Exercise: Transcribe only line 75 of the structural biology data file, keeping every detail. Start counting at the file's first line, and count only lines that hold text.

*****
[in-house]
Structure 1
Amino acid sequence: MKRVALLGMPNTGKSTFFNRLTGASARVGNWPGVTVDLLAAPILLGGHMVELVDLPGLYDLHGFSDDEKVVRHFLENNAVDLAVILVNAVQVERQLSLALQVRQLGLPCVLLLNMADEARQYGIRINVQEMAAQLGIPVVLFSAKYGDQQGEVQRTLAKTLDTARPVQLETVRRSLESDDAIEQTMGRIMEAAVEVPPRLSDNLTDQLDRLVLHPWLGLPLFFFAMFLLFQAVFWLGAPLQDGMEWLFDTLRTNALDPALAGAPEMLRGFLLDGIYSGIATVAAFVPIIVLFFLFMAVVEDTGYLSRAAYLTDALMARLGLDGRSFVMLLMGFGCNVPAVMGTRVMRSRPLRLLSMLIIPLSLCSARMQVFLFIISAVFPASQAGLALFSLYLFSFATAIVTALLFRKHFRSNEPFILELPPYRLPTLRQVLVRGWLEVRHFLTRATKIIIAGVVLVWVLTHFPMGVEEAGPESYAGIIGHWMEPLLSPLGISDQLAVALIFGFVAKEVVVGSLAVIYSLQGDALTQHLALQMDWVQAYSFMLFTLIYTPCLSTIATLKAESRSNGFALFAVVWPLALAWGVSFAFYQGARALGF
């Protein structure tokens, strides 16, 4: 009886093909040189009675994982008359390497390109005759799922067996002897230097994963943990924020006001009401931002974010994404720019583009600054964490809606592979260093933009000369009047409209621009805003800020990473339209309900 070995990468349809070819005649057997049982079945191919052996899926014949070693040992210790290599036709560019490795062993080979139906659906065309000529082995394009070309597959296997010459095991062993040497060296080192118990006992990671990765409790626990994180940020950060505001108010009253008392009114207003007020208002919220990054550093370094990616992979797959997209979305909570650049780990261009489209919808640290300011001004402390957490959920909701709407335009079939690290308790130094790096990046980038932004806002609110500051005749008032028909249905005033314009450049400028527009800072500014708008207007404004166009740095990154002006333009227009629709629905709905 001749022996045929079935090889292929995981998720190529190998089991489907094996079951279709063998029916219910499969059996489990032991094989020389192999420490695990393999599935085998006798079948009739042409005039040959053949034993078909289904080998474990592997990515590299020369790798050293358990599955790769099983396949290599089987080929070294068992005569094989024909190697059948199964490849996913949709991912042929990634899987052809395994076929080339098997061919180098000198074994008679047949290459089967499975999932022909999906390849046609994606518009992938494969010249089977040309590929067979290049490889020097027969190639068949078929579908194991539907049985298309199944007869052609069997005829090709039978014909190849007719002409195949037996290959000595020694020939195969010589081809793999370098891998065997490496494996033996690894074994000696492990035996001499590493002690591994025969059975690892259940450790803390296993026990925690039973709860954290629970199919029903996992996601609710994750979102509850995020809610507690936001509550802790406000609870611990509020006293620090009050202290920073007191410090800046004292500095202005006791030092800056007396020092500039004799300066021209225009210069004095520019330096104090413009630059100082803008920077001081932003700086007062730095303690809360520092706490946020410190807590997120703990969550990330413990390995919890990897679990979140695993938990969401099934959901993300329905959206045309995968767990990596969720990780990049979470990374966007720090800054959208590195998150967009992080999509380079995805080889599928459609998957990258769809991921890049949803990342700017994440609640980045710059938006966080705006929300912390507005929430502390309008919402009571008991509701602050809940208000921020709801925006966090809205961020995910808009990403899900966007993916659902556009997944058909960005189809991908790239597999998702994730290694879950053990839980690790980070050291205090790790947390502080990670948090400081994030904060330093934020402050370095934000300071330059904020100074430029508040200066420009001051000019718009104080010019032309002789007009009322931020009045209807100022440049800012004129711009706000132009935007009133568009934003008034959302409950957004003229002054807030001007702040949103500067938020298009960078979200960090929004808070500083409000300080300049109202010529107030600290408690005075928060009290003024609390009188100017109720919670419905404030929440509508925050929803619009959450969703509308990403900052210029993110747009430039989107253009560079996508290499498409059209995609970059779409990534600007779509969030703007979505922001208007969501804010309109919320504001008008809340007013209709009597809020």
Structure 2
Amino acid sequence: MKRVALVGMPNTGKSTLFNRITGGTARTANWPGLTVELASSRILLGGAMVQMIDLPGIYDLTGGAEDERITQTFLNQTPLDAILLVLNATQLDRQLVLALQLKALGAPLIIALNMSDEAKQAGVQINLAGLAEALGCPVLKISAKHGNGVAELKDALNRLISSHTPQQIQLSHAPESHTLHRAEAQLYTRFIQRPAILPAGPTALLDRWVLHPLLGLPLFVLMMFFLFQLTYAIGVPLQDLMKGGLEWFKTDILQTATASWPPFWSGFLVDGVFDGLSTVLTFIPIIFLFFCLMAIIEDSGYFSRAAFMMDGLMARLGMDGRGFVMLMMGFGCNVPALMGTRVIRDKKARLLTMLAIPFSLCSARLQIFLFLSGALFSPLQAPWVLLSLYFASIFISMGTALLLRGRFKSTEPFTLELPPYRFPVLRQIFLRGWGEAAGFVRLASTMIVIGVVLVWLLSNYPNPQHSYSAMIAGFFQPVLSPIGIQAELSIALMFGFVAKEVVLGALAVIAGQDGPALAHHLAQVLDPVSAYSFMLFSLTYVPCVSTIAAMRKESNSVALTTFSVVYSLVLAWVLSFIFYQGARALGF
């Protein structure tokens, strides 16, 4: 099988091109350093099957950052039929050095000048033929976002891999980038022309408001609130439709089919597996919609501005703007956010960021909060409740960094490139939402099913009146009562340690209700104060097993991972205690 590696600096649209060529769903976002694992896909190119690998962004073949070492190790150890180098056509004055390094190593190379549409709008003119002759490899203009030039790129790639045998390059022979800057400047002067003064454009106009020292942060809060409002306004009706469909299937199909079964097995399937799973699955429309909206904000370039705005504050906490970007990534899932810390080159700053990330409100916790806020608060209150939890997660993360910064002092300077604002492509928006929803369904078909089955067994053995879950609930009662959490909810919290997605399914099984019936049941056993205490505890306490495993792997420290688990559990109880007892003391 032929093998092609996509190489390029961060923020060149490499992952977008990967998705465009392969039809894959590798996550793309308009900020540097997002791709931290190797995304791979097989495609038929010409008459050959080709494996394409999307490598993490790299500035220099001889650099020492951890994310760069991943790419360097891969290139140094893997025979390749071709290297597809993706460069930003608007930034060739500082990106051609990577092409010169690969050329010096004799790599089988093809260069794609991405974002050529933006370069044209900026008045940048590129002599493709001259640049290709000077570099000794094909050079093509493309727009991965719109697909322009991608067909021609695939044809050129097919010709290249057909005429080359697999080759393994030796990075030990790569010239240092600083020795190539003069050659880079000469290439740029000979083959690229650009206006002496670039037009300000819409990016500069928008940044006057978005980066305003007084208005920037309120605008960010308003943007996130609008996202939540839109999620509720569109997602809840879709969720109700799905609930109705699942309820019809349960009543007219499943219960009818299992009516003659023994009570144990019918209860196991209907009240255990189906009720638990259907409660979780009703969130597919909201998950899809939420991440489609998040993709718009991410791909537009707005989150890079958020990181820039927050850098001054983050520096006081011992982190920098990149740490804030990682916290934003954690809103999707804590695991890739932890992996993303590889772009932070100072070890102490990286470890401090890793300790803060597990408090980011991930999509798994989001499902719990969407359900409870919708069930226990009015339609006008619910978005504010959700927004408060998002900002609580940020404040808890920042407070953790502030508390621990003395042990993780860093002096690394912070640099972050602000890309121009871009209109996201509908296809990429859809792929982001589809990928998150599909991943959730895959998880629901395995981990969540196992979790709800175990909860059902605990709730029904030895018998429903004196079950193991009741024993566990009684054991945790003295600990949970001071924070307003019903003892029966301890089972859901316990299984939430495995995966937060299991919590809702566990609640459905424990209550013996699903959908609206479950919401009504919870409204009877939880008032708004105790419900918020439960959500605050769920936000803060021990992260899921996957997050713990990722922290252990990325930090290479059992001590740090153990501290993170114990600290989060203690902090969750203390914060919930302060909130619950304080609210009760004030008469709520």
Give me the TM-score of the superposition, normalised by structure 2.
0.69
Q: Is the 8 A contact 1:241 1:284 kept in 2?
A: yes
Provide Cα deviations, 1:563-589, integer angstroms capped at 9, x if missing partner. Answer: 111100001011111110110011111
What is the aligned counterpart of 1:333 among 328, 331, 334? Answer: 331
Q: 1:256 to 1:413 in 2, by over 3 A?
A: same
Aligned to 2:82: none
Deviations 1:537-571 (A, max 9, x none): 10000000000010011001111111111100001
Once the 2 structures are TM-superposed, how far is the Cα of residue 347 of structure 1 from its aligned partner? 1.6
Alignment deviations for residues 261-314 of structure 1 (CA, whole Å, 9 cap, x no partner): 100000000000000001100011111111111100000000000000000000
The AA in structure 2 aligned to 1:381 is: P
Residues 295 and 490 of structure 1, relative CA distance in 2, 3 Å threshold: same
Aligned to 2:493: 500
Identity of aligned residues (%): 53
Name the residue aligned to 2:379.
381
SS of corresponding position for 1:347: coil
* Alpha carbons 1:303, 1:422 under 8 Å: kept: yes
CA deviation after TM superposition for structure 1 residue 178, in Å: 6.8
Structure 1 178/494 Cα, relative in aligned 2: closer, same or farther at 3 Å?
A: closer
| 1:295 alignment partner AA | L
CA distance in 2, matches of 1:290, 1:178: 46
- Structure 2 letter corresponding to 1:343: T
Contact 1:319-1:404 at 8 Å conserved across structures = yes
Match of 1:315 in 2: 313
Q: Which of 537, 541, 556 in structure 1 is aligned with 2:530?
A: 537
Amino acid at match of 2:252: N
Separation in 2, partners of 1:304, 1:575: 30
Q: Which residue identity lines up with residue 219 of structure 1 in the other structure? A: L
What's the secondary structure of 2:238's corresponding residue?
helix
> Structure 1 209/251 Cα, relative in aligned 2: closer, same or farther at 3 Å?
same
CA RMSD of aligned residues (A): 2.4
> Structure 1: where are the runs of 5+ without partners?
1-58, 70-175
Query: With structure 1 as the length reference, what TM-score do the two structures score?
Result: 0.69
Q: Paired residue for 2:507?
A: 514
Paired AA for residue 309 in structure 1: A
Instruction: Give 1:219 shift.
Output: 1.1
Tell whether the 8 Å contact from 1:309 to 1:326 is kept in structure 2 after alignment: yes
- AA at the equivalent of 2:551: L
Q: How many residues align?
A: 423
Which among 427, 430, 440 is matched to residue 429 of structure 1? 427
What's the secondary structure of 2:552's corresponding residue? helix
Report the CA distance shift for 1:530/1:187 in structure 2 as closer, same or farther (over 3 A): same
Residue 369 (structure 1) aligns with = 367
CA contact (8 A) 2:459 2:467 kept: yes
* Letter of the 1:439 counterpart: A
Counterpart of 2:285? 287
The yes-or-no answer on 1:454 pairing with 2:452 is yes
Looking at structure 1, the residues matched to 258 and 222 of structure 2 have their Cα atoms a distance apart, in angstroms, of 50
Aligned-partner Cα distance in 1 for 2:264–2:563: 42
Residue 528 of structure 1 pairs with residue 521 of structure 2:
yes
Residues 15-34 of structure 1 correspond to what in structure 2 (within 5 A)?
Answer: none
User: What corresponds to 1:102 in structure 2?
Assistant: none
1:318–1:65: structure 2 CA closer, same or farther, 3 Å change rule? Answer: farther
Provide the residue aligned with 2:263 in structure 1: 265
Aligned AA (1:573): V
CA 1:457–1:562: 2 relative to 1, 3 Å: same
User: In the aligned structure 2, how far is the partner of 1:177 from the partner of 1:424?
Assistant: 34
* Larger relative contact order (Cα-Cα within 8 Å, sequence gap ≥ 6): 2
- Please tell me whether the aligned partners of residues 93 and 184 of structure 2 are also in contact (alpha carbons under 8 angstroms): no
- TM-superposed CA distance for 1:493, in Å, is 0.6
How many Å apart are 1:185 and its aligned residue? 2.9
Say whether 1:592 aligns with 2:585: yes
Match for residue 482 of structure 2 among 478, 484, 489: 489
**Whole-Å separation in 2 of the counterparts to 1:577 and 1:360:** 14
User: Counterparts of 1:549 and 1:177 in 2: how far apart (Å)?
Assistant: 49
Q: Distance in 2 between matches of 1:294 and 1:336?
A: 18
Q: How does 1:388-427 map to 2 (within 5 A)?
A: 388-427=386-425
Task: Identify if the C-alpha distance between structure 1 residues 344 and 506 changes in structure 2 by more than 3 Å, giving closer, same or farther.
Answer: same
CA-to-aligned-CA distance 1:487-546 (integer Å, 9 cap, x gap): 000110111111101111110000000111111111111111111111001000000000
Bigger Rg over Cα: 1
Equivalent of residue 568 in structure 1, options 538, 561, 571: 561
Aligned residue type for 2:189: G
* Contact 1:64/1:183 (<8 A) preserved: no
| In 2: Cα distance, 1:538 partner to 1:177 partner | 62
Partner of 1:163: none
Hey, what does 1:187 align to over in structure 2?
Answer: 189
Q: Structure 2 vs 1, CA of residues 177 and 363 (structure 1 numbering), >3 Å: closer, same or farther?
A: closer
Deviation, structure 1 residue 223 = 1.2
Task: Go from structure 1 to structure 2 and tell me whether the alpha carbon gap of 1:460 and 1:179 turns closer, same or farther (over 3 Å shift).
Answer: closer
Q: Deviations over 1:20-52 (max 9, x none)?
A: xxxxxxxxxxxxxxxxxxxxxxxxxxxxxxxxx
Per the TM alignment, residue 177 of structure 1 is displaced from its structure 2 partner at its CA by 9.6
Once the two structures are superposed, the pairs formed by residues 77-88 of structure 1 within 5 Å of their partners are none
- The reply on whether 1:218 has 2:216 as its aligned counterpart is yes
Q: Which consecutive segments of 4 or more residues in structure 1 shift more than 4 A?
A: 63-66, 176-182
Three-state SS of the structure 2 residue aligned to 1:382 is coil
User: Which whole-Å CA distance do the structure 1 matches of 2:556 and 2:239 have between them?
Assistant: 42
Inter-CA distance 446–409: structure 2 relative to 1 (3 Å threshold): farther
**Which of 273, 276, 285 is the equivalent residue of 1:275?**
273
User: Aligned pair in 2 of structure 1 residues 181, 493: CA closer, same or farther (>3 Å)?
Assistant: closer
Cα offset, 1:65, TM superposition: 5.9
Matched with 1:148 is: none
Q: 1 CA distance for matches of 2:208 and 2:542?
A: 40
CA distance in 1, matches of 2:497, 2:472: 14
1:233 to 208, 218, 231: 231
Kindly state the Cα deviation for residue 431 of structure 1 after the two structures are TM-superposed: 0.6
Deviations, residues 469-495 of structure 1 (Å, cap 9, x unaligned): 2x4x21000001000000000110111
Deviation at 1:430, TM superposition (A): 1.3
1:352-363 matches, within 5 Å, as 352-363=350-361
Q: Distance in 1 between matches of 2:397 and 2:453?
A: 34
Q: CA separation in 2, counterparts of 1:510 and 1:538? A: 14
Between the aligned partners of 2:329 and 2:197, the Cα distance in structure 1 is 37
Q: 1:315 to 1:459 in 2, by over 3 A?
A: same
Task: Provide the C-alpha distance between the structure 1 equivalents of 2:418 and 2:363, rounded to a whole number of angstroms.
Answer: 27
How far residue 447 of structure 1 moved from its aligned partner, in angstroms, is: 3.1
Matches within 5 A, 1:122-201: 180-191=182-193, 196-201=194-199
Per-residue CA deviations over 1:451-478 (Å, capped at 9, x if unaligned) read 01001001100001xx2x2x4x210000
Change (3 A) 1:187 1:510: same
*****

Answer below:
1:318–1:65: structure 2 CA closer, same or farther, 3 Å change rule? Answer: farther